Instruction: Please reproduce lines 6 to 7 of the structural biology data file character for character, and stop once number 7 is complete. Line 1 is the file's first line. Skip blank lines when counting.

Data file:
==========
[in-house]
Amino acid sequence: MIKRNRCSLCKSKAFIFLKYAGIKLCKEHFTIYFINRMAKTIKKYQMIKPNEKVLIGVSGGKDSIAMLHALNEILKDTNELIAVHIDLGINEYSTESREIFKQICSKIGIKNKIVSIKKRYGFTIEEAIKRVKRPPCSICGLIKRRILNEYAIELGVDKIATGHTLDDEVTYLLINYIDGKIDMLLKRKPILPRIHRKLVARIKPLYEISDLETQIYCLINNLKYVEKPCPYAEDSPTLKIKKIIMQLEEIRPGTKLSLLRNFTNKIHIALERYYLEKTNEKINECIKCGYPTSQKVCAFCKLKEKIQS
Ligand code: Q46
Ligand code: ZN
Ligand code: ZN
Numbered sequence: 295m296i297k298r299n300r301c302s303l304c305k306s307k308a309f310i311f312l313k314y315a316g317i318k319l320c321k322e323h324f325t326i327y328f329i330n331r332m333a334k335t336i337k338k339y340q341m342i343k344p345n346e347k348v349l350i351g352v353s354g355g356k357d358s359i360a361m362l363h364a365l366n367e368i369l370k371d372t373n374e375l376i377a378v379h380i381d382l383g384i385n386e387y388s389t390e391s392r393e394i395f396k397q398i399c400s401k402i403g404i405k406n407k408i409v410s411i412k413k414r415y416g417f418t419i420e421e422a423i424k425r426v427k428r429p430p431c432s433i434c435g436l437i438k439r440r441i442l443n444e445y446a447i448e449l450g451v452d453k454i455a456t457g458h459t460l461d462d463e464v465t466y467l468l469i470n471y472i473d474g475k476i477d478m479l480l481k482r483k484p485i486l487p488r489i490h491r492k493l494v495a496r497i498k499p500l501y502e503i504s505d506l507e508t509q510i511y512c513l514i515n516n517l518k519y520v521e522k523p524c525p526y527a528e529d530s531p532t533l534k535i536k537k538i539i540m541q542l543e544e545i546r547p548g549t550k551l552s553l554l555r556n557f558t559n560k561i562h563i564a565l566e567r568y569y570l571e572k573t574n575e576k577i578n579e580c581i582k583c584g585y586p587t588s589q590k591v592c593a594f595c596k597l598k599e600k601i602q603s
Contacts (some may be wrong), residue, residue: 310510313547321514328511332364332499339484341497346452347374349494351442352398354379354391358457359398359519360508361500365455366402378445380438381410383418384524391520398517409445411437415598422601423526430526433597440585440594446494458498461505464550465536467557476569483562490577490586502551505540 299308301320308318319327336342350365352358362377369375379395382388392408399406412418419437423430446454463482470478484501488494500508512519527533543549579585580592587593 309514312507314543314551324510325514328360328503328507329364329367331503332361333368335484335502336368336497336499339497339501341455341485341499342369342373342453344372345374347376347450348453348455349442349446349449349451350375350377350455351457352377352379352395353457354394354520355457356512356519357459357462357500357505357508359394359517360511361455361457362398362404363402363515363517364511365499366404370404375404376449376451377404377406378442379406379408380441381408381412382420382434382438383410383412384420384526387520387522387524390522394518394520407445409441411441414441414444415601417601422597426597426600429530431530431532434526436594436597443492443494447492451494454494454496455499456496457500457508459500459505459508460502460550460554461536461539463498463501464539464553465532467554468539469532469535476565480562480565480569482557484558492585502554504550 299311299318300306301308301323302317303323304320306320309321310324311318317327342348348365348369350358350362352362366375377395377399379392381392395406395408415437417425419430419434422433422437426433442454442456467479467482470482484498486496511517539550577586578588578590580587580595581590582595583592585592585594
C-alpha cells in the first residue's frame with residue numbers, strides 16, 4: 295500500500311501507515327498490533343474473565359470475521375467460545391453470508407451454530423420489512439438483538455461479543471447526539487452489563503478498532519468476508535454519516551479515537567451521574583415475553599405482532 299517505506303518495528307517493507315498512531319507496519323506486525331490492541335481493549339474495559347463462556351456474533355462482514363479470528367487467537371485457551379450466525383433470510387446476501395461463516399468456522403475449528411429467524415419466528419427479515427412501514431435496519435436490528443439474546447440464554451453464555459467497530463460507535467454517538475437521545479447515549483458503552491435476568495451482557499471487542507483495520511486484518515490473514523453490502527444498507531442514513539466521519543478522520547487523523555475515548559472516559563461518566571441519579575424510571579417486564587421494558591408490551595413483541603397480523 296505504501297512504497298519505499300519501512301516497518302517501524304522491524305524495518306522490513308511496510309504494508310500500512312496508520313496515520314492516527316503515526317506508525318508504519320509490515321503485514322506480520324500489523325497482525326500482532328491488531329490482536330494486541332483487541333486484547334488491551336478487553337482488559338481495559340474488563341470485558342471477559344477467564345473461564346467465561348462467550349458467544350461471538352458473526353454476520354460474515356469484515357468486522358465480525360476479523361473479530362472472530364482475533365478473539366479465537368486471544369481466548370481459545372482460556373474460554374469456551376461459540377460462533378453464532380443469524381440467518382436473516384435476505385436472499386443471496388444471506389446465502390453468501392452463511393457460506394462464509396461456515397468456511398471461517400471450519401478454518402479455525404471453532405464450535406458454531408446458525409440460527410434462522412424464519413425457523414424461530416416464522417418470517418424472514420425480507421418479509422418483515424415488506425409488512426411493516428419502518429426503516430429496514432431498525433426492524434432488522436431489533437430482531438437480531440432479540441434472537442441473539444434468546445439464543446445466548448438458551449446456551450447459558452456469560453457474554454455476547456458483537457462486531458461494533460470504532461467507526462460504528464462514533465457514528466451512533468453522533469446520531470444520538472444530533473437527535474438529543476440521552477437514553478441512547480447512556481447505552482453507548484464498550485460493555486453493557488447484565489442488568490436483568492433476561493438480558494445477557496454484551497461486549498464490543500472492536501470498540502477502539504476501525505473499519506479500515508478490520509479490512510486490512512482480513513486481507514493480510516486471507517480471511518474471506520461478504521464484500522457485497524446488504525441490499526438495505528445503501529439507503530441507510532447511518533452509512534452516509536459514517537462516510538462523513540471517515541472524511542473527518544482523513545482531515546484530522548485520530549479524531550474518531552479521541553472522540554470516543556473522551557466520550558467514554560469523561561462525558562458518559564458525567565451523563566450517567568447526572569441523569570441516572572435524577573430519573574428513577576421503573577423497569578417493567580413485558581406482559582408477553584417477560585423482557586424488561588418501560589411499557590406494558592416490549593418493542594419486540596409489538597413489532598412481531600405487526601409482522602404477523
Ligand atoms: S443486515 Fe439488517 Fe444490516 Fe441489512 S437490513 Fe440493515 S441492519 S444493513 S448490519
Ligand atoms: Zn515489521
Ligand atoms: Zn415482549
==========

Numbered sequence: 295m296i297k298r299n300r301c302s303l304c305k306s307k308a309f310i311f312l313k314y315a316g317i318k319l320c321k322e323h324f325t326i327y328f329i330n331r332m333a334k335t336i337k338k339y340q341m342i343k344p345n346e347k348v349l350i351g352v353s354g355g356k357d358s359i360a361m362l363h364a365l366n367e368i369l370k371d372t373n374e375l376i377a378v379h380i381d382l383g384i385n386e387y388s389t390e391s392r393e394i395f396k397q398i399c400s401k402i403g404i405k406n407k408i409v410s411i412k413k414r415y416g417f418t419i420e421e422a423i424k425r426v427k428r429p430p431c432s433i434c435g436l437i438k439r440r441i442l443n444e445y446a447i448e449l450g451v452d453k454i455a456t457g458h459t460l461d462d463e464v465t466y467l468l469i470n471y472i473d474g475k476i477d478m479l480l481k482r483k484p485i486l487p488r489i490h491r492k493l494v495a496r497i498k499p500l501y502e503i504s505d506l507e508t509q510i511y512c513l514i515n516n517l518k519y520v521e522k523p524c525p526y527a528e529d530s531p532t533l534k535i536k537k538i539i540m541q542l543e544e545i546r547p548g549t550k551l552s553l554l555r556n557f558t559n560k561i562h563i564a565l566e567r568y569y570l571e572k573t574n575e576k577i578n579e580c581i582k583c584g585y586p587t588s589q590k591v592c593a594f595c596k597l598k599e600k601i602q603s
Contacts (some may be wrong), residue, residue: 310510313547321514328511332364332499339484341497346452347374349494351442352398354379354391358457359398359519360508361500365455366402378445380438381410383418384524391520398517409445411437415598422601423526430526433597440585440594446494458498461505464550465536467557476569483562490577490586502551505540 299308301320308318319327336342350365352358362377369375379395382388392408399406412418419437423430446454463482470478484501488494500508512519527533543549579585580592587593 309514312507314543314551324510325514328360328503328507329364329367331503332361333368335484335502336368336497336499339497339501341455341485341499342369342373342453344372345374347376347450348453348455349442349446349449349451350375350377350455351457352377352379352395353457354394354520355457356512356519357459357462357500357505357508359394359517360511361455361457362398362404363402363515363517364511365499366404370404375404376449376451377404377406378442379406379408380441381408381412382420382434382438383410383412384420384526387520387522387524390522394518394520407445409441411441414441414444415601417601422597426597426600429530431530431532434526436594436597443492443494447492451494454494454496455499456496457500457508459500459505459508460502460550460554461536461539463498463501464539464553465532467554468539469532469535476565480562480565480569482557484558492585502554504550 299311299318300306301308301323302317303323304320306320309321310324311318317327342348348365348369350358350362352362366375377395377399379392381392395406395408415437417425419430419434422433422437426433442454442456467479467482470482484498486496511517539550577586578588578590580587580595581590582595583592585592585594